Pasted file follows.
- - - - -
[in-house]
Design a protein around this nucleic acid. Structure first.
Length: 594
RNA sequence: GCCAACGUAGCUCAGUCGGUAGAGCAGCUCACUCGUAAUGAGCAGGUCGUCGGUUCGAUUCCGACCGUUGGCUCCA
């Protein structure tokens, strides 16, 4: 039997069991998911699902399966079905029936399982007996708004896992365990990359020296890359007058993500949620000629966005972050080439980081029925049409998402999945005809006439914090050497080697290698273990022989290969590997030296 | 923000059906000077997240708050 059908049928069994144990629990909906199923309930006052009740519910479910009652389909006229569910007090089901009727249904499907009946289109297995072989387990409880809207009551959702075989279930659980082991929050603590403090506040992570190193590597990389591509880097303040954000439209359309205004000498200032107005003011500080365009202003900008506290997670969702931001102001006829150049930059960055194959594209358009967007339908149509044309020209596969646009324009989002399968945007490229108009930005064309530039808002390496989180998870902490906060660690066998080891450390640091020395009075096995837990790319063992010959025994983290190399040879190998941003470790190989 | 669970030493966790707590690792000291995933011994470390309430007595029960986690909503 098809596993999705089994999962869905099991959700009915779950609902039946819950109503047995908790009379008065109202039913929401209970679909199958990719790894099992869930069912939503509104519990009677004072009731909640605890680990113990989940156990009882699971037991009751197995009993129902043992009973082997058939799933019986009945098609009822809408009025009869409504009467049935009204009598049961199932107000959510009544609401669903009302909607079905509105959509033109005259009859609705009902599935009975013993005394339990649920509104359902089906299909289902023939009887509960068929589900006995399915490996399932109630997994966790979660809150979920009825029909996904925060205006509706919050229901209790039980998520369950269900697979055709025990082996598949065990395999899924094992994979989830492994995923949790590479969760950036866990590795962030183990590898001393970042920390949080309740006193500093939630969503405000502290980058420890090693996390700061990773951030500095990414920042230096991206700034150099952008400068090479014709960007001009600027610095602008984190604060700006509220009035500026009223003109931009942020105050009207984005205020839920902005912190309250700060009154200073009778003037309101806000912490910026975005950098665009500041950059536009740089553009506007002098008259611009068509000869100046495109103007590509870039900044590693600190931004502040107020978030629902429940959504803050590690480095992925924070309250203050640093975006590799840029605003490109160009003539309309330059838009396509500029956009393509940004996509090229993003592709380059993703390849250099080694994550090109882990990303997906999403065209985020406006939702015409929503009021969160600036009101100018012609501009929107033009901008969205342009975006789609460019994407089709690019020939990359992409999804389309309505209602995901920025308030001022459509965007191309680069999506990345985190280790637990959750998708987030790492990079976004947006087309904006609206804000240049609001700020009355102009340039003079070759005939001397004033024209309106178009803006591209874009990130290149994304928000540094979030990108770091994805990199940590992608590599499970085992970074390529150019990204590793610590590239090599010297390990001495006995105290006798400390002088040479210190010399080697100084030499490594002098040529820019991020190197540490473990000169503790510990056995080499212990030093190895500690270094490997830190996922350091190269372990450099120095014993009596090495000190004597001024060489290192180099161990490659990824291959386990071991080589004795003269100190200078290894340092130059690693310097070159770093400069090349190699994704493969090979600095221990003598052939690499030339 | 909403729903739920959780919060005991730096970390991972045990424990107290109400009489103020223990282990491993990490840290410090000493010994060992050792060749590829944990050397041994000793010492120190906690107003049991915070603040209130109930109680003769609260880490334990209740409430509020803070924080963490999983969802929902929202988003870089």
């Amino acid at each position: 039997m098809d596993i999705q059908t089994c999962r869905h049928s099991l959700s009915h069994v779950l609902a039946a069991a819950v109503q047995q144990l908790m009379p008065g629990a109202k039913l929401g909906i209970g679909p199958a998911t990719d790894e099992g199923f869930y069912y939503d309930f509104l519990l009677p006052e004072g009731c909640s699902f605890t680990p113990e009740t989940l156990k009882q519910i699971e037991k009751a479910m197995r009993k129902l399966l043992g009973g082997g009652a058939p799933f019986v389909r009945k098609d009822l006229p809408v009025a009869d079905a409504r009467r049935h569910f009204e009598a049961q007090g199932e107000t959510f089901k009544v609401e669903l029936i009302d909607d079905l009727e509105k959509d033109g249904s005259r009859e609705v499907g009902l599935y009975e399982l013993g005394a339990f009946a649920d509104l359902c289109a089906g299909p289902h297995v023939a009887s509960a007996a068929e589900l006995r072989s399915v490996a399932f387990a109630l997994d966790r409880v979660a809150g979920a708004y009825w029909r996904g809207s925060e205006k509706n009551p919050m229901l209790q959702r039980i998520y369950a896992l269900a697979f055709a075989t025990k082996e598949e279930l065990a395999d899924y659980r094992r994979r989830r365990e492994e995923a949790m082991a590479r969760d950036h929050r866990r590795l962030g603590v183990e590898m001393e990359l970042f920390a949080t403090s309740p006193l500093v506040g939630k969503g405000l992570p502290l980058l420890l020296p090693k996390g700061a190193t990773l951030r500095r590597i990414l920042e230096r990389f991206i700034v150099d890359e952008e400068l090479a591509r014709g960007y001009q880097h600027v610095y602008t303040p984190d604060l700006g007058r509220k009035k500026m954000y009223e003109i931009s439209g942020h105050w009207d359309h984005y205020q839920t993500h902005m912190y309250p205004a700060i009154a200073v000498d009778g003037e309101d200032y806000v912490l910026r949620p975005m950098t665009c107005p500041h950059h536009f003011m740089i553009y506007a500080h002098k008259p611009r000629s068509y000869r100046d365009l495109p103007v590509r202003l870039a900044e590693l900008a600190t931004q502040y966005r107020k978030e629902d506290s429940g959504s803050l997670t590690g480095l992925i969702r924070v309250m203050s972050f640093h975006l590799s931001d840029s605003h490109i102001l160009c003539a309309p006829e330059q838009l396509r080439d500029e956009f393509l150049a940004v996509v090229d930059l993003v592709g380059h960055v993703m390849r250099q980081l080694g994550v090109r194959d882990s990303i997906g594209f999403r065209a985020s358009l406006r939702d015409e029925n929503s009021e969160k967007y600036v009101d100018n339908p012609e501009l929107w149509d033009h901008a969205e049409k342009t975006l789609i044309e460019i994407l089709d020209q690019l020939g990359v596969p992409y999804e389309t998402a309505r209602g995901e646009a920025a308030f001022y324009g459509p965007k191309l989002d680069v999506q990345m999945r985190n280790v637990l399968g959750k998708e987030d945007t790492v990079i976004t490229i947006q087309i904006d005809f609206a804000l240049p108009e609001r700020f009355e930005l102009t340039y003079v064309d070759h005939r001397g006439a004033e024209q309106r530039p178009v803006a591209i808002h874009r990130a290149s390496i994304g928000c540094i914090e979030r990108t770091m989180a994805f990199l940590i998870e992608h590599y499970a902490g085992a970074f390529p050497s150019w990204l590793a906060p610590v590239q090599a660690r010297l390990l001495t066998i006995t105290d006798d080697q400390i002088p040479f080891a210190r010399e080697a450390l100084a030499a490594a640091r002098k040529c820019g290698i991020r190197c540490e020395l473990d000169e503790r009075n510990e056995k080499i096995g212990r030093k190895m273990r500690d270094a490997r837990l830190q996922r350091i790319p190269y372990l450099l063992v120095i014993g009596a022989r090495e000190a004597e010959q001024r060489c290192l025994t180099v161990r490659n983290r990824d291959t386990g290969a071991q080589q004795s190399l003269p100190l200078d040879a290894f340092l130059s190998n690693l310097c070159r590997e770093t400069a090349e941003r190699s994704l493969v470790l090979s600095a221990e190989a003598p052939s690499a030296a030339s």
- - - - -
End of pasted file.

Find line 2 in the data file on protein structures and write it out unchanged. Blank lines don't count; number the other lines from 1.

Design a protein around this nucleic acid. Structure first.